Cryptojacking instances in Australia are on the rise

​by Seth Goldhammer, Director of Product Marketing, LogRhythm​

One weekend in February, prominent government websites from around the world began triggering alerts in users’ anti-virus.

State government websites including from Queensland and Victoria were among those impacted, although timezones sheltered Australians from the worst of the issues.

The culprit would wind up being a third party software library incorporated into all of the impacted sites. A single hosted script file in the library was compromised to mine the Monero cryptocurrency on any page it was loaded into.

Thus governments got a taste of cryptojacking, where cryptocurrency miners are run in the background of sites, without the site owner’s permission, to generate virtual coins that can later be exchanged for fiat.

Rather than target each individual government site, those behind the February attack targeted a common element each site shared, thus improving their chances of financial success.

“If you want to load a crypto miner on 1,000+ websites you don't attack 1,000+ websites, you attack the 1 website that they all load content from,” security researcher Scott Helme said. “In this case it turned out that Text Help, an assistive technology provider, had been compromised.”

Various services, such as Coinhive, CoinImp, Coinpot, and others allow you to mine cryptocurrency - usually Monero - by simply visiting a webpage

Monero is favoured because, unlike Bitcoin, it requires less compute to mine - making it possible to make use of a desktop computer, rather than specialist or large clusters of hardware. Monero also offers complete anonymity.

Cryptojacking applications often don’t have a high return on investment (ROI). This is partly because a portion of the mining proceeds goes to the overarching script owner. In addition, cryptocurrency values are down generally since interest in virtual coins peaked at the end of 2017.

However, cryptojacking still offers a quick and easy way to mine cryptocurrency without the need to install anything on the target system.

This works particularly well if you can get a large number of systems to visit a website or download a piece of infected code and mine on your behalf, as occurred in the government infection. Coinhive is the most commonly observed web application crypto-mining provider. It delivers quick and easy JavaScript that can be injected into existing websites and advertisements, allowing the miner to profit from small amounts of CPU utilization over time.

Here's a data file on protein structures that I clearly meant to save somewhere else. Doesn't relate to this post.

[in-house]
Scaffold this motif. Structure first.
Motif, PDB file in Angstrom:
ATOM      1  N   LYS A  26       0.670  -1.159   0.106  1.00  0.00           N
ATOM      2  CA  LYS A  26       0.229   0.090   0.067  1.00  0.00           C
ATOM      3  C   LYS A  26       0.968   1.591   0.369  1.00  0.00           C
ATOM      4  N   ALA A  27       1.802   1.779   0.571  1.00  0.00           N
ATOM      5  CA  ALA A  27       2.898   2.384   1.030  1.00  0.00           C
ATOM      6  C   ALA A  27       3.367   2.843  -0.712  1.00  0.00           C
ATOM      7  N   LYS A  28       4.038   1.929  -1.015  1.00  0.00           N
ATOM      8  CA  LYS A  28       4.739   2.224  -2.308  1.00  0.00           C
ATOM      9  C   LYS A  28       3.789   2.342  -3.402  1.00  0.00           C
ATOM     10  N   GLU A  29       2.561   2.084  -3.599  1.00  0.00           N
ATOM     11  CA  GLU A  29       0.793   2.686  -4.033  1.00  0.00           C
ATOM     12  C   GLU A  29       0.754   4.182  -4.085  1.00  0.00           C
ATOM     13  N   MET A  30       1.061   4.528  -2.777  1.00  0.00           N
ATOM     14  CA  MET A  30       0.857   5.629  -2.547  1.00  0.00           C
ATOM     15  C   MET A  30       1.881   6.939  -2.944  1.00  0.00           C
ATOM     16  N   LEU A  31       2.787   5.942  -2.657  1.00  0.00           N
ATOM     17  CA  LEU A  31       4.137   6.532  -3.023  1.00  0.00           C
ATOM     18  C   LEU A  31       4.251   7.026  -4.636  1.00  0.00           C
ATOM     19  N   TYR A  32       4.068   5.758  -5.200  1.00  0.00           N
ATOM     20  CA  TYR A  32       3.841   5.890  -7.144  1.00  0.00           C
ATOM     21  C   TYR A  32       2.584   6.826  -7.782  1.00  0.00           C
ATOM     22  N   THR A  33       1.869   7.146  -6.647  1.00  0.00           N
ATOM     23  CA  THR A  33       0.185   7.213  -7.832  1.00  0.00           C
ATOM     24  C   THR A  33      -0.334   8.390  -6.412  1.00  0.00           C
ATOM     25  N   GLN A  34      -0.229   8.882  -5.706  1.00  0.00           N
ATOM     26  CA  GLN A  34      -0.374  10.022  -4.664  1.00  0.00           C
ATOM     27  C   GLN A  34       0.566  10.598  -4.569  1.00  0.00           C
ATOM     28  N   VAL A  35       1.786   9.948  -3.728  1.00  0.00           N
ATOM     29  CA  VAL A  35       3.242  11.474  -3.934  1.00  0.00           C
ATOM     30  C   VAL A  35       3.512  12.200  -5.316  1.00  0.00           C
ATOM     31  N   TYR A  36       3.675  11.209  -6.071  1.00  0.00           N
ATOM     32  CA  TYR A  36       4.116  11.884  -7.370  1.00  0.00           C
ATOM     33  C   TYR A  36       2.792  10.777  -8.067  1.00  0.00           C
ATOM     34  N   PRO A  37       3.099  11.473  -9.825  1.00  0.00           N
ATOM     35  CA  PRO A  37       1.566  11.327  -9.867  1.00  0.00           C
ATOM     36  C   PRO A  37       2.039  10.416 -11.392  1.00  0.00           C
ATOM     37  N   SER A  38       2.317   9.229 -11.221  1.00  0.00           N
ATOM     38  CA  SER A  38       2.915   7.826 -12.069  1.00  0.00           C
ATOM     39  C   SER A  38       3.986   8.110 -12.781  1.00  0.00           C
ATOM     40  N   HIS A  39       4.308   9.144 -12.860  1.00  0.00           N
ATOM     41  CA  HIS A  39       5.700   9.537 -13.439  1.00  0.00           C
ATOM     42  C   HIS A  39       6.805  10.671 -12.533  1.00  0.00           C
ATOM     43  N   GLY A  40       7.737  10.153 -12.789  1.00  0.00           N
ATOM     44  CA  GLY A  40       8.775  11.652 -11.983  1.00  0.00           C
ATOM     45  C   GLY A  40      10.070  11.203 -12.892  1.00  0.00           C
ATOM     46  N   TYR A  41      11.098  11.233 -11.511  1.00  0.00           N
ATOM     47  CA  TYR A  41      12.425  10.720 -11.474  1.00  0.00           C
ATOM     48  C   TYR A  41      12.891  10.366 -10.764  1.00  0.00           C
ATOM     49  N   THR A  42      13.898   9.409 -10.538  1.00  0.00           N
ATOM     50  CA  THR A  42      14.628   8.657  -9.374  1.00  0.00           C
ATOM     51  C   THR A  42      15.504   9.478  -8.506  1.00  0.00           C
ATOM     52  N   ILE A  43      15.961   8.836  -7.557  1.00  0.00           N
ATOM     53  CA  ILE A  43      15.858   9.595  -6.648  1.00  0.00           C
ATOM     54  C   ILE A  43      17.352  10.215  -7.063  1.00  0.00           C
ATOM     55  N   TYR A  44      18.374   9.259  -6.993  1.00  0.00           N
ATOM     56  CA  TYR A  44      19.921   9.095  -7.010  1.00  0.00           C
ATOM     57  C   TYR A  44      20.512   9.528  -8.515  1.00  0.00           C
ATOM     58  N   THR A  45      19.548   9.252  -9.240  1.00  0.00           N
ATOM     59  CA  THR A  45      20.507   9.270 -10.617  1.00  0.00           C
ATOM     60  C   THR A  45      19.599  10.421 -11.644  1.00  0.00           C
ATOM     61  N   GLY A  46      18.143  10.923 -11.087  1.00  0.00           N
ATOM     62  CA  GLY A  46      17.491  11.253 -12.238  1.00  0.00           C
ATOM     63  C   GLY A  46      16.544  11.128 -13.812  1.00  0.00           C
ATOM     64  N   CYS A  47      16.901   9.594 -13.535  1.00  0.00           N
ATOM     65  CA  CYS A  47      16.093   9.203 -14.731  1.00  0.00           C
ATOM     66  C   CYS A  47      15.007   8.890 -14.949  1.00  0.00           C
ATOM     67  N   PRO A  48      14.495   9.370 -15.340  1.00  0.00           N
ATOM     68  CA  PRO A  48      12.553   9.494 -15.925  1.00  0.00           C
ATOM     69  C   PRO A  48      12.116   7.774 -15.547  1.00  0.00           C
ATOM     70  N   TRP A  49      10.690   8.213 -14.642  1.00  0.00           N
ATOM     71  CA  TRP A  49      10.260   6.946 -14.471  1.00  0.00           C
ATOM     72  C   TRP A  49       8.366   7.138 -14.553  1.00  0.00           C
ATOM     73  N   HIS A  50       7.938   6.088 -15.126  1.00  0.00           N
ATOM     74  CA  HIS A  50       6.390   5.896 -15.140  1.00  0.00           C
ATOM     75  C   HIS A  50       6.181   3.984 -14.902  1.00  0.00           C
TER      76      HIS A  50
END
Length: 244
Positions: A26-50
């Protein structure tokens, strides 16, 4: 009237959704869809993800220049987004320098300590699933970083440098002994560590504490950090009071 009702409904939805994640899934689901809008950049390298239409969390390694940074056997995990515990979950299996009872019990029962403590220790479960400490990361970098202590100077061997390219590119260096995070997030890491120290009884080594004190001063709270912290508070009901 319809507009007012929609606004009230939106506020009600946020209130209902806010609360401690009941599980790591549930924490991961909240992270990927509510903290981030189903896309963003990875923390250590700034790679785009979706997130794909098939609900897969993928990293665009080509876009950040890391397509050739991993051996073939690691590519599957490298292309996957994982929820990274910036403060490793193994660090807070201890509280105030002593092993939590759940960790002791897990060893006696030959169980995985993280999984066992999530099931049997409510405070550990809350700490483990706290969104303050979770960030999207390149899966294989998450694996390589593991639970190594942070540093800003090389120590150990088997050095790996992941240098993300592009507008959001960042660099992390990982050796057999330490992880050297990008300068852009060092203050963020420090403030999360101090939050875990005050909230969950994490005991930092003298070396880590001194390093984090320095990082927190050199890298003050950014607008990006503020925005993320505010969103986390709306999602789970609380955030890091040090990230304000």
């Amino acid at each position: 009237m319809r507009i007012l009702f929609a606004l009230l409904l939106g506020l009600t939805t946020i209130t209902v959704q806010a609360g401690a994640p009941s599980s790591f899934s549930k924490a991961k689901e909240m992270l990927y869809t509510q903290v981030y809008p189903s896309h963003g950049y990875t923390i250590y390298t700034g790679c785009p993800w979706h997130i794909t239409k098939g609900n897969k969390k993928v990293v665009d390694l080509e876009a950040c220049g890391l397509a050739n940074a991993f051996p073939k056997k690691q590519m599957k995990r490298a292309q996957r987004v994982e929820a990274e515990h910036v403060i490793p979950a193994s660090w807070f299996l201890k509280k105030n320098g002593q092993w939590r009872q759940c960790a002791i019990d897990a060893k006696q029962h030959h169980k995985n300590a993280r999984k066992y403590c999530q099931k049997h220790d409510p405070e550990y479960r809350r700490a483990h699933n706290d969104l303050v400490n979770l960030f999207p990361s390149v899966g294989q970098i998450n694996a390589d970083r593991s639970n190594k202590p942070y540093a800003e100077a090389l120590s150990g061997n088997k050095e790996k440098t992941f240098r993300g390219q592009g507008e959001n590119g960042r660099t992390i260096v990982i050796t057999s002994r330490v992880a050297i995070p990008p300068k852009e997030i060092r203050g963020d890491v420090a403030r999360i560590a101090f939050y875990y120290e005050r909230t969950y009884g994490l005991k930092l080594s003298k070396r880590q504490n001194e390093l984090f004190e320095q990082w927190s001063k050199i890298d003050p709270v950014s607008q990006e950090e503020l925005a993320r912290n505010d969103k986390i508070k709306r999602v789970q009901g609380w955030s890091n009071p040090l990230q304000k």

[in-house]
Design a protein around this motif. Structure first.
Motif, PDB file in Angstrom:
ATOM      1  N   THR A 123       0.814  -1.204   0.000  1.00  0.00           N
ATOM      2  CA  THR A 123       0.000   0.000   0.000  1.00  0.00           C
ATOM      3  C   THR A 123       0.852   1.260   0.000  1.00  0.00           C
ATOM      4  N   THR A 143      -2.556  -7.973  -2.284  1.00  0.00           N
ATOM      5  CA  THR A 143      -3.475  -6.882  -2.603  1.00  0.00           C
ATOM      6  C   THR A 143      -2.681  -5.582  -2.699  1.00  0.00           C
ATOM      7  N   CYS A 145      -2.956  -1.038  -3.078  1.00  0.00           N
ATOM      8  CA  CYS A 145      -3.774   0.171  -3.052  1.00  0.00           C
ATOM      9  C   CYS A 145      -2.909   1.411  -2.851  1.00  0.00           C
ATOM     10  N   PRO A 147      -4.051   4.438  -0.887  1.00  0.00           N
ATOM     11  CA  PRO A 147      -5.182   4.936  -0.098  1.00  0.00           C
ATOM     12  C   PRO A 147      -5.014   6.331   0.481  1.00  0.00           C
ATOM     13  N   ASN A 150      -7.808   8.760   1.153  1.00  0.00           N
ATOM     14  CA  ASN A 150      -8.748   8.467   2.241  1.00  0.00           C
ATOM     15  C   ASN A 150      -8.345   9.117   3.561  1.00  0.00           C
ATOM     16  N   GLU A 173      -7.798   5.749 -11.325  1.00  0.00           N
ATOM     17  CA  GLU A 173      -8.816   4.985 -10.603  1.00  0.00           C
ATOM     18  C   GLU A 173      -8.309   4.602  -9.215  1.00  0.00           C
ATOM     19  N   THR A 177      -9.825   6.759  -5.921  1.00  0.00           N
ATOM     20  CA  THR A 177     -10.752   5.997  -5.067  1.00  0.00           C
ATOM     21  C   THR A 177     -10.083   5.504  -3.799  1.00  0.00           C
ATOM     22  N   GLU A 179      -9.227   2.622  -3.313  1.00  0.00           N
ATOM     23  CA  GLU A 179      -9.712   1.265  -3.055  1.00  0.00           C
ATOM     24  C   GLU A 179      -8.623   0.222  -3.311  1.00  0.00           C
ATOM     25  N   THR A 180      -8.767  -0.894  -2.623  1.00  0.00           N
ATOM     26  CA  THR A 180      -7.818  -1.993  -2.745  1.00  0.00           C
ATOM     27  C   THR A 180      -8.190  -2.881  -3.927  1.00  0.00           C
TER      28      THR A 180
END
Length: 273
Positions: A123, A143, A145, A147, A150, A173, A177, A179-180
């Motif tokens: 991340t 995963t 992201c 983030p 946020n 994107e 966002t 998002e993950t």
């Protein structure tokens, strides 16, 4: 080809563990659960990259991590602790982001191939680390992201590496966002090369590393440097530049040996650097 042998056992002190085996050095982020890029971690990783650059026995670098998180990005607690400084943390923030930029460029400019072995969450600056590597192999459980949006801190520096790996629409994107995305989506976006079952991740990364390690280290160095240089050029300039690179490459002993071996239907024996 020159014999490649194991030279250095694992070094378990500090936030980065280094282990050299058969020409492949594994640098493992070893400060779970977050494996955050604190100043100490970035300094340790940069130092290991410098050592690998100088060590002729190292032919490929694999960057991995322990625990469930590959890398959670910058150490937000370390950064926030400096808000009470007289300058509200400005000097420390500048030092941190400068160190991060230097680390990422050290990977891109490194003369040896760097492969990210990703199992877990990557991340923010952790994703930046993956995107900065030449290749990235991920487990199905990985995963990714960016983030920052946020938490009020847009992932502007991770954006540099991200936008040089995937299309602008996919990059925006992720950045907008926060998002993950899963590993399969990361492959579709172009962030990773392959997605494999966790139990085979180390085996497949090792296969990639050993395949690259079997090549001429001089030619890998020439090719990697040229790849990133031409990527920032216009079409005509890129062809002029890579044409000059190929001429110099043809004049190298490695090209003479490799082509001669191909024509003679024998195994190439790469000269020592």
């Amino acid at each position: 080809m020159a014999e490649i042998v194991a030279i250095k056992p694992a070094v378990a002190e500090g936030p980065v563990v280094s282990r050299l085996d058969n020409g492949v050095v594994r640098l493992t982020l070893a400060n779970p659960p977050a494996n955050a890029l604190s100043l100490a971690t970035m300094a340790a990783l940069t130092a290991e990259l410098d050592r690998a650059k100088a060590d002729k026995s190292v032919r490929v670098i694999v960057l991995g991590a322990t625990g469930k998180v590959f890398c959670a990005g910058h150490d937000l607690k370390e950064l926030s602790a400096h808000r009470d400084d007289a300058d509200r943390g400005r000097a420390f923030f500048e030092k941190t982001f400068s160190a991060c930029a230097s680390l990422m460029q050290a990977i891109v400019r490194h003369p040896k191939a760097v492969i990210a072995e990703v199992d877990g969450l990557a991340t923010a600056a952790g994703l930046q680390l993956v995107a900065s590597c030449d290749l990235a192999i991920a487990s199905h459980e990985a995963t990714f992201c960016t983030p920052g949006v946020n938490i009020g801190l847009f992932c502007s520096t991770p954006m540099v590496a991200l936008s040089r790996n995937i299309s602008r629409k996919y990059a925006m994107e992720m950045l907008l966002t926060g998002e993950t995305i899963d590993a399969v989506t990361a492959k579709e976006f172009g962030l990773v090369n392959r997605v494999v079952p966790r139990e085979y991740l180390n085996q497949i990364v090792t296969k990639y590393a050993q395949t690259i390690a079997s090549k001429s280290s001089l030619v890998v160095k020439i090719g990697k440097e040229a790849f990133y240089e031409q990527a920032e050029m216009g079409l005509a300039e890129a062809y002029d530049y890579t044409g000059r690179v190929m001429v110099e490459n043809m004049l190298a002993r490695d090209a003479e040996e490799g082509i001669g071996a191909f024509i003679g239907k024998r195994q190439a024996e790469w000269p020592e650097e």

While it is possible to notify website visitors that this is happening - there is an ‘ethical’ version of Coinhive used by charities and others to find new ways of generating donations or revenue - often attackers will run this application passively in the background.

This occurs by copying and modifying the Coinhive JavaScript code. This method of passively running crypto-mining applications is what is referred to as cryptojacking.

The prevalence of cryptojacking in Australia is hard to quantify, though worldwide it is on the rise.

One recent piece of research saw instances of cryptomining malware double in the space of a quarter. AdGuard also found cryptojacking scripts on over 33,000 sites in a sweep of the internet in made in late 2017.

Australia ranks second in the Asia Pacific region and eighth in the world in terms of reports of users being targeted by cryptojacking attacks.

It isn’t just governments and corporates being impacted. A Brisbane-based computer tech noticed one of his client’s energy bills quadruple after setting up a new computer. After investigation, he found the machine had been cryptojacked.

Passively mining cryptocurrency in the background of normal computer functions is a far less significant risk than other possible attack scenarios that IT users might face.

However, it is becoming a more significant issue as passively mining cryptocurrency becomes more widespread and impacts energy costs or even destroys hardware.

There is also growing evidence that cryptojackers are becoming more sophisticated - or sneaky - in the way they approach a target.

Security researchers at Michigan State University claimed that the “most successful cryptojacking efforts are on streaming media sites, because they have lots of visitors who stay a long time”.

“Other sites extend a user’s apparent visit time by opening a tiny additional browser window and placing it in a hard-to-spot part of the screen, say, behind the taskbar,” the researchers said.

“So even after a user closes the original window, the site stays connected and continues to mine cryptocurrency.” Fortunately, detecting cryptojacking activity is really straightforward.

In fact, browser add-ons such as uBlock Origin, will block a majority of cryptominers by default. And if you’re on a website or are otherwise affected by a cryptominer, you’ll see your web browser processes spiking.

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